What can Americans do to effectively address those causes?
Which specific sectors of the US labor market are harmed by Mexican and Central American immigration, and where are the data to support this answer?
Can the immigration issue be separated from the border security issue? How?
What's wrong with a guest worker program?
What's wrong with amnesty?
What's wrong with "free trade"?
Do Mexican and Central American immigrants cost the economy more in social services and other matters than they contribute to the economy in taxes and consumer spending?
Where are the data to support this answer?
What would a sane and reasonable immigration policy include?
Is the fence a good use of taxpayer dollars? Why? Why not?
Should there be a cap on the number of immigrants allowed into the country annually?
If there is a cap of any kind, won't there always still be "illegal immigrants"?
What accounts for our thinning labor market?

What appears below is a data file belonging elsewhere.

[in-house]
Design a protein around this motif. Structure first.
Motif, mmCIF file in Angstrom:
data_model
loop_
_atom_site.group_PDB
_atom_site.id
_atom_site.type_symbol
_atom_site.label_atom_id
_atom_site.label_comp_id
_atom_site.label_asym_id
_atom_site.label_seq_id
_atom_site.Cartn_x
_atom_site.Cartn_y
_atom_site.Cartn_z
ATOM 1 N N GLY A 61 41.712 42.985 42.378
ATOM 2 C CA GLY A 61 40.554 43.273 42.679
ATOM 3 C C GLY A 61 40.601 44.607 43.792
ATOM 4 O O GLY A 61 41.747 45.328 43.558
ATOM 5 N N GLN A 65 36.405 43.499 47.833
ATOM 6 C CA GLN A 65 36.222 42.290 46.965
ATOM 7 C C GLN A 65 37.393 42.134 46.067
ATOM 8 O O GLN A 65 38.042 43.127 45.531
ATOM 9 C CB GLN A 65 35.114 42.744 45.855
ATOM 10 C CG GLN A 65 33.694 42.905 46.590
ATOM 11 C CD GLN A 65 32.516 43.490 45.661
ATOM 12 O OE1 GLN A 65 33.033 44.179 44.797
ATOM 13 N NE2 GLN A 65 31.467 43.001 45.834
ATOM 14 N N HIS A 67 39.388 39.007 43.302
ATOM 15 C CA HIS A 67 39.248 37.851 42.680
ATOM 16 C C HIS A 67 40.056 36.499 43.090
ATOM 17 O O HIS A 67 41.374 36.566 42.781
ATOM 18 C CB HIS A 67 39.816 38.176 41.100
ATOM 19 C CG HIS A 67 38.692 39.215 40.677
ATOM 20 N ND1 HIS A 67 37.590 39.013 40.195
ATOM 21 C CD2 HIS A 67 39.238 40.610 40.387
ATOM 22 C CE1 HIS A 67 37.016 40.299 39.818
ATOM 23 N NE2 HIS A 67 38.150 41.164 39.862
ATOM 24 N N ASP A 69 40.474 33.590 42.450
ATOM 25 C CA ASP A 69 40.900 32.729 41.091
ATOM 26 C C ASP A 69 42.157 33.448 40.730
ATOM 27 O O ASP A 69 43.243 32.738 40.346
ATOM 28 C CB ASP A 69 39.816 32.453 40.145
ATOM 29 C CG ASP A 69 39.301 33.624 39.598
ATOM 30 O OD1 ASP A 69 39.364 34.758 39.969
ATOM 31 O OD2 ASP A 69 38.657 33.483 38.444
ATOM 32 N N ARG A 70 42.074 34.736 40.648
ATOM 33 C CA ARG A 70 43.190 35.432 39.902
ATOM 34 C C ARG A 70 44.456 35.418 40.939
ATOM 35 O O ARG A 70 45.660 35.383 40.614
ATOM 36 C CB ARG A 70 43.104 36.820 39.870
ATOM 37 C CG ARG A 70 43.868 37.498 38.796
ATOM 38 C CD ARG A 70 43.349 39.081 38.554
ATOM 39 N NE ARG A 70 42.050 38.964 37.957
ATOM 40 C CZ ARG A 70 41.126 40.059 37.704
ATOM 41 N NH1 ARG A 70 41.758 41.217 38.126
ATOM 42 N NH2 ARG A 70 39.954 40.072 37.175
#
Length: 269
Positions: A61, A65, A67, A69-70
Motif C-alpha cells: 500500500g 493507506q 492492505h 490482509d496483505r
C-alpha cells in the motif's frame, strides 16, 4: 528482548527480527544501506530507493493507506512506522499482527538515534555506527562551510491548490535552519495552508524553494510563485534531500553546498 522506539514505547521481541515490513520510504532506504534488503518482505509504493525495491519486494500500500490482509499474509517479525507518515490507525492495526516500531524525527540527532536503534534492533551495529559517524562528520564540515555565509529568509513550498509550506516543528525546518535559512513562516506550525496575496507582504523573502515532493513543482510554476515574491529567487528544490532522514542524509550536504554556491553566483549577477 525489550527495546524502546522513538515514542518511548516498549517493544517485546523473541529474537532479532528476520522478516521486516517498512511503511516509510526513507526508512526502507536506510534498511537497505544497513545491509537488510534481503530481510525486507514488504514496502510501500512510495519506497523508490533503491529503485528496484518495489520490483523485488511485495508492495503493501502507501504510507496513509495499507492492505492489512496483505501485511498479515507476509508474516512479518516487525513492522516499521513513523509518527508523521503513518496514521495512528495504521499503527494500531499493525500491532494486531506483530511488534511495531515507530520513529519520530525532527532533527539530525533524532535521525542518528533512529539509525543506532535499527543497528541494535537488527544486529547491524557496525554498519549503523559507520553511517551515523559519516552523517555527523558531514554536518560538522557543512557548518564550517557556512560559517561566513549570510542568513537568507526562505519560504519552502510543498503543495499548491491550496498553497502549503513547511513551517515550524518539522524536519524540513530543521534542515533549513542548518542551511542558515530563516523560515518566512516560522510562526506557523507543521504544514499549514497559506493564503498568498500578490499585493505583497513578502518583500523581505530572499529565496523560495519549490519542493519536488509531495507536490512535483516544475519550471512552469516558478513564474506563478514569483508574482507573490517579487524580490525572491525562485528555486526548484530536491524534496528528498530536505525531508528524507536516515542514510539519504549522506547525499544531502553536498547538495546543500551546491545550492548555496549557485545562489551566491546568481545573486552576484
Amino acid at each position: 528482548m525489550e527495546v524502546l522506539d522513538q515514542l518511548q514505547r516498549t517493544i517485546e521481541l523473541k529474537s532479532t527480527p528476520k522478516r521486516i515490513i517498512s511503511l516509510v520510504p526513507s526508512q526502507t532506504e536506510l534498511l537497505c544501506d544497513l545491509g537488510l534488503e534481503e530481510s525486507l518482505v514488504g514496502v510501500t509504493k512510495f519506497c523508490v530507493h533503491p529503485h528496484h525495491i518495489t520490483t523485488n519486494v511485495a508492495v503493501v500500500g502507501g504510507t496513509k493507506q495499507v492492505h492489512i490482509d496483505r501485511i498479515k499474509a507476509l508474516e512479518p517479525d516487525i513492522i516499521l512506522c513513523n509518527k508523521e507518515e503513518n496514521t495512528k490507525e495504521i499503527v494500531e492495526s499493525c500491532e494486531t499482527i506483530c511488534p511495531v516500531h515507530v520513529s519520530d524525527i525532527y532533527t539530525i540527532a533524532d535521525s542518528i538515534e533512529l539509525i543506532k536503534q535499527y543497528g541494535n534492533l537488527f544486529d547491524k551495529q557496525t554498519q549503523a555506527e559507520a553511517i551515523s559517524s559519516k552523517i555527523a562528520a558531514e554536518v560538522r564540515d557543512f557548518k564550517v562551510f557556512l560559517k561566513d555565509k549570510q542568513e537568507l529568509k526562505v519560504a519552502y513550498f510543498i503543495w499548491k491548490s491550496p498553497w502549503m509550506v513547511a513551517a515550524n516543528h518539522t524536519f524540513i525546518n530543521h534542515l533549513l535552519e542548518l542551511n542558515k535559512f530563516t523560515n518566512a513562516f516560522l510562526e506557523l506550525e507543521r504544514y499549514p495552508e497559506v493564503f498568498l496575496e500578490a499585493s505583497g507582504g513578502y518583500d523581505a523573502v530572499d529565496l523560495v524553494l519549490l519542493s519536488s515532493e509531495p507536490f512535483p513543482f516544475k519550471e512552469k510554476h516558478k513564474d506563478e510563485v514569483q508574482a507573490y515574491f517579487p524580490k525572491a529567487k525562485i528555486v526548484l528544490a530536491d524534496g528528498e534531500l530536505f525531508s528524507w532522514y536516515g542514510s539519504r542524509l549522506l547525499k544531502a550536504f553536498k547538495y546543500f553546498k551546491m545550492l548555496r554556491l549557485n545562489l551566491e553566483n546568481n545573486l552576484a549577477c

What can Americans do to plump it up?
Oh, and do our Constitution and Bill of Rights have anything to say to us on this issue?
Sunday, October 28, 2007
Some people fear that Americans cannot compete with low-wage workers abroad, or that global competition will mean that wages will 'race to the bottom.' The truth is that we can prosper in a global economy because our workers are among the best in the world. Our real wages are ultimately determined by our productivity, and American productivity growth has been spectacular over the past three years.Yeah, but see, we can only prosper when we workers are actually rewarded for our productivity. The thing that you're missing, Greg Mankiw, is that wages are going up, all right: straight out of the middle class and straight up to the executive suite.
Well, that was a week.
And I'm not even talking about Bush.